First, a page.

76. Jalen Hurts, PHI, QB6
77. Dalton Schultz, DAL, TE6
78. T.J. Hockenson, DET, TE7
79. Clyde Edwards-Helaire, KC, RB27
80. Kareem Hunt, CLE, RB28
81. Rhamondre Stevenson, NE, RB29
82. Damien Harris, NE, RB30
83. Cordarrelle Patterson, ATL, RB31
84. Tony Pollard, DAL, RB32
85. Chase Edmonds, MIA, RB33
86. AJ Dillon, GB, RB34

Analysis: This is a good range to go tight end shopping, as Schultz and Hockenson are fine midrange TE1 plays who won’t cost you much. This area also includes back-end RB starters with some slight appeal, as well as a bunch of No. 2/committee backs sure to see plenty of work. In an ideal world, these backs are on your bench to begin the season. Hurts’ ceiling is that of the No. 1 scorer at QB, so don’t be afraid to take a shot on him.

87. Dallas Goedert, PHI, TE8
88. Zach Ertz, ARI, TE9
89. Dak Prescott, DAL, QB7
90. Tom Brady, TB, QB8
91. Aaron Rodgers, GB, QB9
92. Russell Wilson, DEN, QB10
93. Joe Burrow, CIN, QB11
94. Matthew Stafford, LAR, QB12
95. Christian Kirk, JAC, WR40
96. Allen Lazard, GB, WR41
97. Brandon Aiyuk, SF, WR42
98. Garrett Wilson, NYJ, WR43
99. Robert Woods, TEN, WR44
100. DeAndre Hopkins, ARI, WR45
101. Chase Claypool, PIT, WR46
102. Chris Olave, NO, WR47

Analysis: If you’re still waiting on tight end, ex-teammates Goedert and Ertz aren’t bad fallback options. I feel there is a tier of 12 good/safe QB1 options this year, so you can feel free to wait until the position dries up a bit before striking. I don’t see a major difference between any of these QBs, which makes sense considering five of the six were top-eight scorers in 2021 (Wilson, who missed three games, is the exception). Hopkins’ six-game suspension (nearly half of the fantasy regular season) is why he’s buried here. Kirk, Lazard and Woods should settle in as their team’s No. 1 wide receiver early on this season, whereas first-round rookies Wilson and Olave are intriguing-upside dart throws.

Kickoff is coming soon! Sign up for ESPN Fantasy Football today. Play for free

103. Trey Lance, SF, QB13
104. Rashaad Penny, SEA, RB35
105. Dameon Pierce, HOU, RB36
106. James Robinson, JAC, RB37
107. James Cook, BUF, RB38
108. Kenneth Walker III, SEA, RB39
109. Pat Freiermuth, PIT, TE10
110. Cole Kmet, CHI, TE11
111. Jakobi Meyers, NE, WR48
112. Russell Gage, TB, WR49
113. Marquez Valdes-Scantling, KC, WR50
114. Kenny Golladay, NYG, WR51
115. Skyy Moore, KC, WR52
116. Tyler Boyd, CIN, WR53
117. Treylon Burks, TEN, WR54

Analysis: I mentioned that there are 12 quarterbacks I’m comfortable with as my Week 1 starter, but Lance certainly has QB1 upside … and his rushing prowess supplies a decent floor. Rookie RBs Cook, Walker and Pierce have a path to considerable workloads and make for good bench holds. Freiermuth is a solid sleeper after scoring the 10th-most fantasy points ever by a rookie TE in 2021.

118. Michael Carter, NYJ, RB40
119. Melvin Gordon III, DEN, RB41
120. Nyheim Hines, IND, RB42
121. Brian Robinson, WAS, RB43
122. Derek Carr, LV, QB14
123. Kirk Cousins, MIN, QB15
124. Hunter Henry, NE, TE12
125. Mike Gesicki, MIA, TE13
126. Dawson Knox, BUF, TE14

Analysis: Carr and Cousins are among this year’s top QB2 options, though both lack a high ceiling. Gesicki, Henry and Knox wrap up your best starting options at TE in 12- and 14-team leagues. The veteran backs listed here will play a role every week, but all three have significant competition for touches and lack standalone upside as a result. Robinson is trending up and will be a major value if he cements himself above Antonio Gibson on the depth chart.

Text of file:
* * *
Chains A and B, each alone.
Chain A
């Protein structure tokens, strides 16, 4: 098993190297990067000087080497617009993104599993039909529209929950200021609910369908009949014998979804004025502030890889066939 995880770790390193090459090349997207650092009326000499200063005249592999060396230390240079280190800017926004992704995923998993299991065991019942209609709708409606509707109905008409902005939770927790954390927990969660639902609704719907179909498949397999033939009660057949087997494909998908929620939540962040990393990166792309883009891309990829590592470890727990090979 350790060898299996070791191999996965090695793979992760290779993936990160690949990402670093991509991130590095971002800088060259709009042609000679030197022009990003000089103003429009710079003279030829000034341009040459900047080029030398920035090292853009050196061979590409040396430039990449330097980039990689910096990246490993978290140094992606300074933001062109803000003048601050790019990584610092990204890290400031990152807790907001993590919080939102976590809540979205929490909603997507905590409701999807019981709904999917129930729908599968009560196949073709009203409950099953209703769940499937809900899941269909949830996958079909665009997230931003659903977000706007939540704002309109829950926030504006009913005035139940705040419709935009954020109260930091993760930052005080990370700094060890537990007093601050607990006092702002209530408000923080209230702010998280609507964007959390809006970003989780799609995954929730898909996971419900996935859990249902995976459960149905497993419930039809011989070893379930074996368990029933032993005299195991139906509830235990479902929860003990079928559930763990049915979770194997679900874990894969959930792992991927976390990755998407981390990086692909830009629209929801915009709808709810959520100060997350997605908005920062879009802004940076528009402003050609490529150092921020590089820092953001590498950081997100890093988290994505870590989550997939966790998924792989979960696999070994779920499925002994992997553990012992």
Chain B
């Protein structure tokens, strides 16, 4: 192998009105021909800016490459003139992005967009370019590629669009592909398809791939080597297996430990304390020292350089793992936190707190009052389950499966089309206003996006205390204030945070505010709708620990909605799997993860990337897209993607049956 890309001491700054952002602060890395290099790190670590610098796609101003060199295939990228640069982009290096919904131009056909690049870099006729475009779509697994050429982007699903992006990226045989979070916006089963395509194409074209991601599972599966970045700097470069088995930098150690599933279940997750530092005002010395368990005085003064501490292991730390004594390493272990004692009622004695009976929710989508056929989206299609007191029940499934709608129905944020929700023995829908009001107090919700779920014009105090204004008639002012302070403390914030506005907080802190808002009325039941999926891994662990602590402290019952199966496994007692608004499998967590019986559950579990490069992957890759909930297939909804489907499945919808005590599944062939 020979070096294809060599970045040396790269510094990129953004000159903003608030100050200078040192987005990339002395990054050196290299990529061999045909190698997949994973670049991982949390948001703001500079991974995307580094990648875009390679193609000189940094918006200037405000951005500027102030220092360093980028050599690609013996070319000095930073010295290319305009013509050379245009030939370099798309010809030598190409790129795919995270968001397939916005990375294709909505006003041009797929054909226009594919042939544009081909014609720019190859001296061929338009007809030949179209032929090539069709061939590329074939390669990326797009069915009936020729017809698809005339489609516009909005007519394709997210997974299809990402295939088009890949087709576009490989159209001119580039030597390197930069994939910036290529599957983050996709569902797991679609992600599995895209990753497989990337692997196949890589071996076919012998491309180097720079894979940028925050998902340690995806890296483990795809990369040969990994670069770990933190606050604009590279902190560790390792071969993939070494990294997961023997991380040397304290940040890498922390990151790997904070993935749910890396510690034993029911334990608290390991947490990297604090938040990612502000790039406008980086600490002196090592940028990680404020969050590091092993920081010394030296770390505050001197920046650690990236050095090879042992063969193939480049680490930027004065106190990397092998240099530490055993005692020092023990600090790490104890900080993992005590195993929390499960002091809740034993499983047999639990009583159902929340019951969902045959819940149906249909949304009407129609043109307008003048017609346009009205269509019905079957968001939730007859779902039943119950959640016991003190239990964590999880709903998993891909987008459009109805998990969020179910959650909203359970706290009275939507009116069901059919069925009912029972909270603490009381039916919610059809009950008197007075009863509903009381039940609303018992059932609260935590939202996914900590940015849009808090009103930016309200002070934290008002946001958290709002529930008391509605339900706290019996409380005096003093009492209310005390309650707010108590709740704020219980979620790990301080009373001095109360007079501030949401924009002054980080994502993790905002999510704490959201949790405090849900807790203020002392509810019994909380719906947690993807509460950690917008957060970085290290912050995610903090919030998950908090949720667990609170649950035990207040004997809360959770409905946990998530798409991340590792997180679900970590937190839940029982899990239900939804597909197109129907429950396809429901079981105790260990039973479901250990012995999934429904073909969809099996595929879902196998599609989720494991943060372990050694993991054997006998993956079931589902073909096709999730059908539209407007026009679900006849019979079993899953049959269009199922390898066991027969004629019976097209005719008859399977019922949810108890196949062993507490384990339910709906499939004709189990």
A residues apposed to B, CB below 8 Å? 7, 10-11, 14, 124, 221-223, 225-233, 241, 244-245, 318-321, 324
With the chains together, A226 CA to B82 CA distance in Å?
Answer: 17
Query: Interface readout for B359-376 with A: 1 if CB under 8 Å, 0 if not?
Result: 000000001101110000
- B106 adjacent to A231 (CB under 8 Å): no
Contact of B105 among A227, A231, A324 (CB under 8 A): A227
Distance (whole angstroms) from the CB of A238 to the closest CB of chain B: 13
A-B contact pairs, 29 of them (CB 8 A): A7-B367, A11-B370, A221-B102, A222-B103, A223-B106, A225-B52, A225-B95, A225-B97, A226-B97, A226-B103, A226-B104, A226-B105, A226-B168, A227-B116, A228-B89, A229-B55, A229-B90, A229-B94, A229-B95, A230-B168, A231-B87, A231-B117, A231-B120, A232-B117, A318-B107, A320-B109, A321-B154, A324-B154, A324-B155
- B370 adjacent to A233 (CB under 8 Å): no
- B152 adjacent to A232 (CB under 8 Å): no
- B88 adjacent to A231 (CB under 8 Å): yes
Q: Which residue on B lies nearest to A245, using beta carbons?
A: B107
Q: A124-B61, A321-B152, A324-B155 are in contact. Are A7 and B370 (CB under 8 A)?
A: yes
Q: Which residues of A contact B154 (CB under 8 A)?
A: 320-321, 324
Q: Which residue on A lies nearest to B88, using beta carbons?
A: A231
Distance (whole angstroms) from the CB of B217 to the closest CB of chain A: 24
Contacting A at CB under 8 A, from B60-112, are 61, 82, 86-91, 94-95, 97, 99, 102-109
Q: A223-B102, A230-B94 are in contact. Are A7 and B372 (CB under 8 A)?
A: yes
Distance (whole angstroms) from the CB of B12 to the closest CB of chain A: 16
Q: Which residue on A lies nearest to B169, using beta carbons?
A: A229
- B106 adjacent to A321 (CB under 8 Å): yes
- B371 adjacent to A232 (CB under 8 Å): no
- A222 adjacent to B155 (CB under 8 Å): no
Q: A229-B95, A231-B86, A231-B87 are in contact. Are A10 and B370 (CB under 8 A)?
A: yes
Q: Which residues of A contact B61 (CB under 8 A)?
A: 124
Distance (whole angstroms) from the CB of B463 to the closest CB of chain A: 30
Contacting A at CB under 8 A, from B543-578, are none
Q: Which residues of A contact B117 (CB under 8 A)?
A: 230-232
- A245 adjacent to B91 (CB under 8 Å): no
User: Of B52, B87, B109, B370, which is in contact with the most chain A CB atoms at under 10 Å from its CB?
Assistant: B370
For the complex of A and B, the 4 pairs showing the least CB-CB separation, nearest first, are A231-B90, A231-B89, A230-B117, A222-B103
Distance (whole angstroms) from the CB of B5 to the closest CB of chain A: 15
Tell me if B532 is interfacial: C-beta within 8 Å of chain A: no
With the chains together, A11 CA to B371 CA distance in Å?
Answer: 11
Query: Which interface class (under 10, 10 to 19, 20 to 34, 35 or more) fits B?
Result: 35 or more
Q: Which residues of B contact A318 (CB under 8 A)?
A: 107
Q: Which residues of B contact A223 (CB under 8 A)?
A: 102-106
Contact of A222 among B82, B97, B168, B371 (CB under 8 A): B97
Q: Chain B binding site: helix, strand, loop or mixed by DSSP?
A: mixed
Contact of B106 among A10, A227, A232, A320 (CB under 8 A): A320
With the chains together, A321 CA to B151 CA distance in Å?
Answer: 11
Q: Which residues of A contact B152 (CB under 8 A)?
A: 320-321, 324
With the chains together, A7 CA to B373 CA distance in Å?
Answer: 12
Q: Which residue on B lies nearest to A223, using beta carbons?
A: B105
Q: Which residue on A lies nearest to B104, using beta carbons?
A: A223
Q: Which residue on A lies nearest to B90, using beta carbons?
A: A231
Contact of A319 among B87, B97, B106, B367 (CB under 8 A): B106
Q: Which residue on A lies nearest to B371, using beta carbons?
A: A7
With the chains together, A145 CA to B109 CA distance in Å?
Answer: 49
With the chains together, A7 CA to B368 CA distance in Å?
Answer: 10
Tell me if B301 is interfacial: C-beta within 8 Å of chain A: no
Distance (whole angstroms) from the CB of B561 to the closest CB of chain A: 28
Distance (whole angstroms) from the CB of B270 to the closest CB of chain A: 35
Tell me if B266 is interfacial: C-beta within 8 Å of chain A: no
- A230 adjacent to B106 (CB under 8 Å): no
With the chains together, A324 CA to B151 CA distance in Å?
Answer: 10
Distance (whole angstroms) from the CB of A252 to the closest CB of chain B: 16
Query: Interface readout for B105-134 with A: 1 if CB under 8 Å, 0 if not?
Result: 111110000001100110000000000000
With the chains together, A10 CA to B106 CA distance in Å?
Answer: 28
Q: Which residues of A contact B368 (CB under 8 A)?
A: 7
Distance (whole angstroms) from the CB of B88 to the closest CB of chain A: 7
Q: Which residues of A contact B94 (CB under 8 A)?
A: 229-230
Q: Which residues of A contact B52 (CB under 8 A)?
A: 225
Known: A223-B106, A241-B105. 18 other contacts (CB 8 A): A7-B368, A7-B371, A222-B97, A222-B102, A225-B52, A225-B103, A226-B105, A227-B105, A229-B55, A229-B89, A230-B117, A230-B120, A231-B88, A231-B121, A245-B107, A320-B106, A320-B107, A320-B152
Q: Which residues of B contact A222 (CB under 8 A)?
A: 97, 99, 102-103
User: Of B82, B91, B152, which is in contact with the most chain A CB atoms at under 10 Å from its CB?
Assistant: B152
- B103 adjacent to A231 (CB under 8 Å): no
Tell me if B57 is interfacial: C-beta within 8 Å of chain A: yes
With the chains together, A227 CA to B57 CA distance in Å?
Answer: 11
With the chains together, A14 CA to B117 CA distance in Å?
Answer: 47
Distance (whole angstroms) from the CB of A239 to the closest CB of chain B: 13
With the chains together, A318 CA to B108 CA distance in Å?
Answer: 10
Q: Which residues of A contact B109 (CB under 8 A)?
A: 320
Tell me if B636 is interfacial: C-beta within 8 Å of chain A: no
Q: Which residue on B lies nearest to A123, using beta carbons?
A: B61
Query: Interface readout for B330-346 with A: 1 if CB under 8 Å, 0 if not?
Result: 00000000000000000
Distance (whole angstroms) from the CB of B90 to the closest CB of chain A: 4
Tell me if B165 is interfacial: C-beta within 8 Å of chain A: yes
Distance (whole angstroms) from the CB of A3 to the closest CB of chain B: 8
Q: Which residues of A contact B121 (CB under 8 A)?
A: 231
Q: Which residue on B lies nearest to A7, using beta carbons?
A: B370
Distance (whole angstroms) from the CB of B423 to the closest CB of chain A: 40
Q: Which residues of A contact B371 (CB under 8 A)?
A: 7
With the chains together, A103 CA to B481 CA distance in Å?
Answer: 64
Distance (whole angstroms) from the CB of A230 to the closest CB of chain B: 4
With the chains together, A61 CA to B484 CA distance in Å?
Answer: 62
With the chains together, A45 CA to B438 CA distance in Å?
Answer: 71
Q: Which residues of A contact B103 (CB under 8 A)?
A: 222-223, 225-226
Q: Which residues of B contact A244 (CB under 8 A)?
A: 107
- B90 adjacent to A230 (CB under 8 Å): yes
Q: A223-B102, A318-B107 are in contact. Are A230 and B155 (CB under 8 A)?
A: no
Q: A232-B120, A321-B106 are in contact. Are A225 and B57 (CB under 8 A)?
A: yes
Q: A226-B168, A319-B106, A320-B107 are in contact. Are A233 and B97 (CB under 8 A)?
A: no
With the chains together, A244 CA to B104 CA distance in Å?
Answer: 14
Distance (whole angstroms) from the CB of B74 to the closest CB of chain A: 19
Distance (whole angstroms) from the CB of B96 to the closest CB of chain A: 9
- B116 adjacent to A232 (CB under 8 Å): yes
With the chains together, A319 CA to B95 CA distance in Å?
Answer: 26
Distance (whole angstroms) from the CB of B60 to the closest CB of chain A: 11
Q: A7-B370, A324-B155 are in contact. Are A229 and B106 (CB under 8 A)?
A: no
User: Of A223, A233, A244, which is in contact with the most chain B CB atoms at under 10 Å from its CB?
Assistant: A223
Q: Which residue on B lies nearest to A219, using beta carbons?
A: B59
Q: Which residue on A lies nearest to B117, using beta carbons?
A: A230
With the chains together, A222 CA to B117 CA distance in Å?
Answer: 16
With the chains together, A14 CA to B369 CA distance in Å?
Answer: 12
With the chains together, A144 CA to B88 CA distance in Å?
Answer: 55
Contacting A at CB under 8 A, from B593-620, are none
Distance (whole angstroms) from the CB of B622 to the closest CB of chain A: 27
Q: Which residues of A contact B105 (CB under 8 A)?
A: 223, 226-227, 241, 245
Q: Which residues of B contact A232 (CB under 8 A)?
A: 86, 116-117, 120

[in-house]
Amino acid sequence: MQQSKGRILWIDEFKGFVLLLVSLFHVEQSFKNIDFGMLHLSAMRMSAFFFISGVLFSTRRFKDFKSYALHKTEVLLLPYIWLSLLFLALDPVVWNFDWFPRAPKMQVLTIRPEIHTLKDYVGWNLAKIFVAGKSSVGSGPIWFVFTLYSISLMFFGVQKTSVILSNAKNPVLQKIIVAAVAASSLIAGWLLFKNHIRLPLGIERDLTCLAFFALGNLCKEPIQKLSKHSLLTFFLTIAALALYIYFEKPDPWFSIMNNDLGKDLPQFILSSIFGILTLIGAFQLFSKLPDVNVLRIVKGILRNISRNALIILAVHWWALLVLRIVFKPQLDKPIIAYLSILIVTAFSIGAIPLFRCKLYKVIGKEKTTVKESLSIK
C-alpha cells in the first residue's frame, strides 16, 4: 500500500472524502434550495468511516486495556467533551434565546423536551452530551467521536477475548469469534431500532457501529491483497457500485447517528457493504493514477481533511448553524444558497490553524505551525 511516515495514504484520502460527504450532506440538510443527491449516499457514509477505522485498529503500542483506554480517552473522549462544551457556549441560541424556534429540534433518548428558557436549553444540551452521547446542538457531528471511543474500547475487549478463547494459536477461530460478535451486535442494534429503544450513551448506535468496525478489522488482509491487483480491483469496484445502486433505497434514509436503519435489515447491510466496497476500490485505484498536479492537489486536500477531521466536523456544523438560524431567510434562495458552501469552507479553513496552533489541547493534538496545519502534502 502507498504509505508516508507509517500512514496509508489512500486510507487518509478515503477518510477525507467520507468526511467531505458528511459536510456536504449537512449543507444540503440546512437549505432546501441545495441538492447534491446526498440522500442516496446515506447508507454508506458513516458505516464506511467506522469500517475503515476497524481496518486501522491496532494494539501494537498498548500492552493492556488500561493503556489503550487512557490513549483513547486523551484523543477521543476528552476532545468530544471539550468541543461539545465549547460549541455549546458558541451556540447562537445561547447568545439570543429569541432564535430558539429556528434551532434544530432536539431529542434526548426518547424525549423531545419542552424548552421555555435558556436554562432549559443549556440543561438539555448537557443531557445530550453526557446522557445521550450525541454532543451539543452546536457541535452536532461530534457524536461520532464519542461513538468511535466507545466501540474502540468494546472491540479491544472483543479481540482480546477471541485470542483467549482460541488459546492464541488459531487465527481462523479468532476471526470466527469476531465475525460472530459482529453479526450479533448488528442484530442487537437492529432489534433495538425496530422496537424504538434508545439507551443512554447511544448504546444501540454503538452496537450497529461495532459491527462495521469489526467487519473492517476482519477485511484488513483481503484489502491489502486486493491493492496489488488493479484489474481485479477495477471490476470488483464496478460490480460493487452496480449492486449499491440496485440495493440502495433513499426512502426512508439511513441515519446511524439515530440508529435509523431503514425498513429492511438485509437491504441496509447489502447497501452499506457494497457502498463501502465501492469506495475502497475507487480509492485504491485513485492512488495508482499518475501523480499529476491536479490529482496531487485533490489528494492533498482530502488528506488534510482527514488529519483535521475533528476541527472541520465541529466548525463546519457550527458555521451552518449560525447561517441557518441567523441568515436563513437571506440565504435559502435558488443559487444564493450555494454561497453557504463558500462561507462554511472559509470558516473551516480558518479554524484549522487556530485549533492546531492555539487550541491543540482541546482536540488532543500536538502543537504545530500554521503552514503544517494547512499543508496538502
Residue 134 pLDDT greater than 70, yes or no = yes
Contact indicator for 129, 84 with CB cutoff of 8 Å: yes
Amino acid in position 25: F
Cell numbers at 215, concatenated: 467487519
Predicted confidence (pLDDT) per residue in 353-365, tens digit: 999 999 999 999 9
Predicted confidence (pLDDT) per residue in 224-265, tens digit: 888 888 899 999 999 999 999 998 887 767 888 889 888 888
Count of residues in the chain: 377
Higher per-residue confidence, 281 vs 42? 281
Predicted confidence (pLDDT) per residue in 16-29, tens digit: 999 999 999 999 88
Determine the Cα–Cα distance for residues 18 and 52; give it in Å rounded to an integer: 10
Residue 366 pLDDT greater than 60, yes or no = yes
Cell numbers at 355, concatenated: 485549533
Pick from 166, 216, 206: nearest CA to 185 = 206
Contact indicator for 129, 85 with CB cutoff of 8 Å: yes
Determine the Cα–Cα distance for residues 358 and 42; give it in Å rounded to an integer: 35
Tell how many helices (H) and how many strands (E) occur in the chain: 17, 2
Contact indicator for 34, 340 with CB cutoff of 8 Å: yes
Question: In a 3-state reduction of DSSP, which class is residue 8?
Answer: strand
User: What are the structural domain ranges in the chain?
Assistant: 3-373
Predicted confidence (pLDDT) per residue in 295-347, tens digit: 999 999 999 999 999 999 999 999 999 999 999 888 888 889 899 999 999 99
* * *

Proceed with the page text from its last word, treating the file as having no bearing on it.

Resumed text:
127. Trevor Lawrence, JAC, QB16
128. Tua Tagovailoa, MIA, QB17
129. Justin Fields, CHI, QB18
130. Jahan Dotson, WAS, WR55
131. DJ Chark, DET, WR56
132. Jarvis Landry, NO, WR57
133. Joshua Palmer, LAC, WR58
134. Robbie Anderson, CAR, WR59
135. Marvin Jones Jr., JAC, WR60
136. DeVante Parker, NE, WR61
137. Noah Fant, SEA, TE15
138. Irv Smith Jr., MIN, TE16
139. David Njoku, CLE, TE17
140. Tyler Higbee, LAR, TE18

Analysis: If you waited at QB or are eyeing a breakout candidate, youngsters Lawrence, Tagovailoa and Fields should top your queue in this range. Rookie Dotson and second-year man Palmer lead the breakout candidates at WR in this tier, though there are also a few fine veteran plays in Chark, Landry, Anderson, Jones and Parker.

141. J.D. McKissic, WAS, RB44
142. Raheem Mostert, MIA, RB45
143. Marlon Mack, HOU, RB46
144. Alexander Mattison, MIN, RB47
145. Darrell Henderson Jr., LAR, RB48
146. Jamaal Williams, DET, RB49
147. Kenneth Gainwell, PHI, RB50
148. Isaiah Spiller, LAC, RB51
149. Khalil Herbert, CHI, RB52
150. Tyler Allgeier, ATL, RB53
151. Jalen Tolbert, DAL, WR62
152. Rondale Moore, ARI, WR63
153. Mecole Hardman, KC, WR64
154. Michael Gallup, DAL, WR65
155. Nico Collins, HOU, WR66
156. Julio Jones, TB, WR67
157. George Pickens, PIT, WR68
158. Van Jefferson, LAR, WR69
159. Curtis Samuel, WAS, WR70
160. Wan’Dale Robinson, NYG, WR71
161. Christian Watson, GB, WR72
162. Jameson Williams, DET, WR73
163. Alec Pierce, IND, WR74
164. Evan Engram, JAC, TE19
165. Austin Hooper, TEN, TE20
166. Hayden Hurst, CIN, TE21
167. Daniel Jones, NYG, QB19
168. Carson Wentz, WAS, QB20

Analysis: This tier winds down the skill-position players in 10- and 12-team leagues. This group includes some of the top insurance RBs, including Mattison, Henderson, Williams, Gainwell, Spiller, Herbert and Allgeier. We also have a ton of intriguing dart throws at wide receiver, including rookies (Tolbert, Pickens, Robinson, Watson, Williams, Pierce), second-year players (Moore, Collins) and veterans in potentially good spots (Gallup, Hardman, Jones, Jefferson, Samuel).

169. Bills D/ST, BUF, DST1
170. Saints D/ST, NO, DST2
171. Packers D/ST, GB, DST3
172. Ravens D/ST, BAL, DST4
173. Buccaneers D/ST, TB, DST5
174. 49ers D/ST, SF, DST6
175. Cowboys D/ST, DAL, DST7
176. Colts D/ST, IND, DST8
177. Steelers D/ST, PIT, DST9
178. Commanders D/ST, WAS, DST10
179. Chargers D/ST, LAC, DST11
180. Dolphins D/ST, MIA, DST12
181. Justin Tucker, BAL, K1
182. Evan McPherson, CIN, K2
183. Matt Gay, LAR, K3
184. Harrison Butker, KC, K4
185. Daniel Carlson, LV, K5
186. Brandon McManus, DEN, K6
187. Nick Folk, NE, K7
188. Tyler Bass, BUF, K8
189. Matt Prater, ARI, K9
190. Graham Gano, NYG, K10
191. Greg Joseph, MIN, K11
192. Jake Elliott, PHI, K12

Analysis: Wait until your final two selections to select your kicker and defense.

This article was originally published by Read the original article here.

The 192 players who should be rostered - Patabook Sports (2024)


How many players should be rostered in fantasy football? ›